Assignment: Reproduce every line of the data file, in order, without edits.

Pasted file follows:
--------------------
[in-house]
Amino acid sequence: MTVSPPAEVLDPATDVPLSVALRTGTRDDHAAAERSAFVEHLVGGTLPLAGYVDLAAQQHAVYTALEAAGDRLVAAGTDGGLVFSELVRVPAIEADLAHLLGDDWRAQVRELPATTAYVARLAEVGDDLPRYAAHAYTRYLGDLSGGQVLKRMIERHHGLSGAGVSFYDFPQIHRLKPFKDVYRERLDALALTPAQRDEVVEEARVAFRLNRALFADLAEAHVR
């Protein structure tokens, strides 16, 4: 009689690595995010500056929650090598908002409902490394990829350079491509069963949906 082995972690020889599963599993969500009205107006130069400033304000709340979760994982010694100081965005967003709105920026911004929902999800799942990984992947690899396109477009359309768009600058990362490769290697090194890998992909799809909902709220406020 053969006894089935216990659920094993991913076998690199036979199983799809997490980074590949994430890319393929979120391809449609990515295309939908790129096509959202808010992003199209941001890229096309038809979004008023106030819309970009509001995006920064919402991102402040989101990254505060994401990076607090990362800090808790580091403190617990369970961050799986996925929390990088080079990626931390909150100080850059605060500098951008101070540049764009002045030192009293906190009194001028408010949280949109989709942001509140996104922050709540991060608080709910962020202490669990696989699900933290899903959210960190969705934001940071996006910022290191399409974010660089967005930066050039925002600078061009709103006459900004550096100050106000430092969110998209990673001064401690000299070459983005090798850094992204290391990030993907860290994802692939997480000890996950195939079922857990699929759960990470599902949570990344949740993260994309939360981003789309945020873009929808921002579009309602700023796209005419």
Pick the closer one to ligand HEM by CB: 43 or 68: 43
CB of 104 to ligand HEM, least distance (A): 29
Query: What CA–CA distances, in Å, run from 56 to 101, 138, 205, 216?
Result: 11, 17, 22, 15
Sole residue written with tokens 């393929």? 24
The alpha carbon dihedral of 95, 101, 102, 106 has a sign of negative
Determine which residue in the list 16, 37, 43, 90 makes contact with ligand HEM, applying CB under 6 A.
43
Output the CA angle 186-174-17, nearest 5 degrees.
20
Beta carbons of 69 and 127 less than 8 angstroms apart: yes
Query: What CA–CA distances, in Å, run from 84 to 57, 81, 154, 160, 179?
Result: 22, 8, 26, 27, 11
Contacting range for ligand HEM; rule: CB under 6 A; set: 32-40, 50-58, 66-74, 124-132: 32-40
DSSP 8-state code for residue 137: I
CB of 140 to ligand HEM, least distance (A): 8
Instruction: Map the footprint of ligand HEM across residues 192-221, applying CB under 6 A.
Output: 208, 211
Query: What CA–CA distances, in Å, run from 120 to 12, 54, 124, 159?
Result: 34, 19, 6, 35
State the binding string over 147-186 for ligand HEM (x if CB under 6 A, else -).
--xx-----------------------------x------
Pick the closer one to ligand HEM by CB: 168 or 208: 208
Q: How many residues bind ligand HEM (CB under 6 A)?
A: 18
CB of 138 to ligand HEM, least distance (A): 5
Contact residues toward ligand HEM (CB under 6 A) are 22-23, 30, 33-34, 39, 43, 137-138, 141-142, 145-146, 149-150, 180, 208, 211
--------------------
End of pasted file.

[in-house]
Amino acid sequence: MTVSPPAEVLDPATDVPLSVALRTGTRDDHAAAERSAFVEHLVGGTLPLAGYVDLAAQQHAVYTALEAAGDRLVAAGTDGGLVFSELVRVPAIEADLAHLLGDDWRAQVRELPATTAYVARLAEVGDDLPRYAAHAYTRYLGDLSGGQVLKRMIERHHGLSGAGVSFYDFPQIHRLKPFKDVYRERLDALALTPAQRDEVVEEARVAFRLNRALFADLAEAHVR
């Protein structure tokens, strides 16, 4: 009689690595995010500056929650090598908002409902490394990829350079491509069963949906 082995972690020889599963599993969500009205107006130069400033304000709340979760994982010694100081965005967003709105920026911004929902999800799942990984992947690899396109477009359309768009600058990362490769290697090194890998992909799809909902709220406020 053969006894089935216990659920094993991913076998690199036979199983799809997490980074590949994430890319393929979120391809449609990515295309939908790129096509959202808010992003199209941001890229096309038809979004008023106030819309970009509001995006920064919402991102402040989101990254505060994401990076607090990362800090808790580091403190617990369970961050799986996925929390990088080079990626931390909150100080850059605060500098951008101070540049764009002045030192009293906190009194001028408010949280949109989709942001509140996104922050709540991060608080709910962020202490669990696989699900933290899903959210960190969705934001940071996006910022290191399409974010660089967005930066050039925002600078061009709103006459900004550096100050106000430092969110998209990673001064401690000299070459983005090798850094992204290391990030993907860290994802692939997480000890996950195939079922857990699929759960990470599902949570990344949740993260994309939360981003789309945020873009929808921002579009309602700023796209005419």
Pick the closer one to ligand HEM by CB: 43 or 68: 43
CB of 104 to ligand HEM, least distance (A): 29
Query: What CA–CA distances, in Å, run from 56 to 101, 138, 205, 216?
Result: 11, 17, 22, 15
Sole residue written with tokens 């393929």? 24
The alpha carbon dihedral of 95, 101, 102, 106 has a sign of negative
Determine which residue in the list 16, 37, 43, 90 makes contact with ligand HEM, applying CB under 6 A.
43
Output the CA angle 186-174-17, nearest 5 degrees.
20
Beta carbons of 69 and 127 less than 8 angstroms apart: yes
Query: What CA–CA distances, in Å, run from 84 to 57, 81, 154, 160, 179?
Result: 22, 8, 26, 27, 11
Contacting range for ligand HEM; rule: CB under 6 A; set: 32-40, 50-58, 66-74, 124-132: 32-40
DSSP 8-state code for residue 137: I
CB of 140 to ligand HEM, least distance (A): 8
Instruction: Map the footprint of ligand HEM across residues 192-221, applying CB under 6 A.
Output: 208, 211
Query: What CA–CA distances, in Å, run from 120 to 12, 54, 124, 159?
Result: 34, 19, 6, 35
State the binding string over 147-186 for ligand HEM (x if CB under 6 A, else -).
--xx-----------------------------x------
Pick the closer one to ligand HEM by CB: 168 or 208: 208
Q: How many residues bind ligand HEM (CB under 6 A)?
A: 18
CB of 138 to ligand HEM, least distance (A): 5
Contact residues toward ligand HEM (CB under 6 A) are 22-23, 30, 33-34, 39, 43, 137-138, 141-142, 145-146, 149-150, 180, 208, 211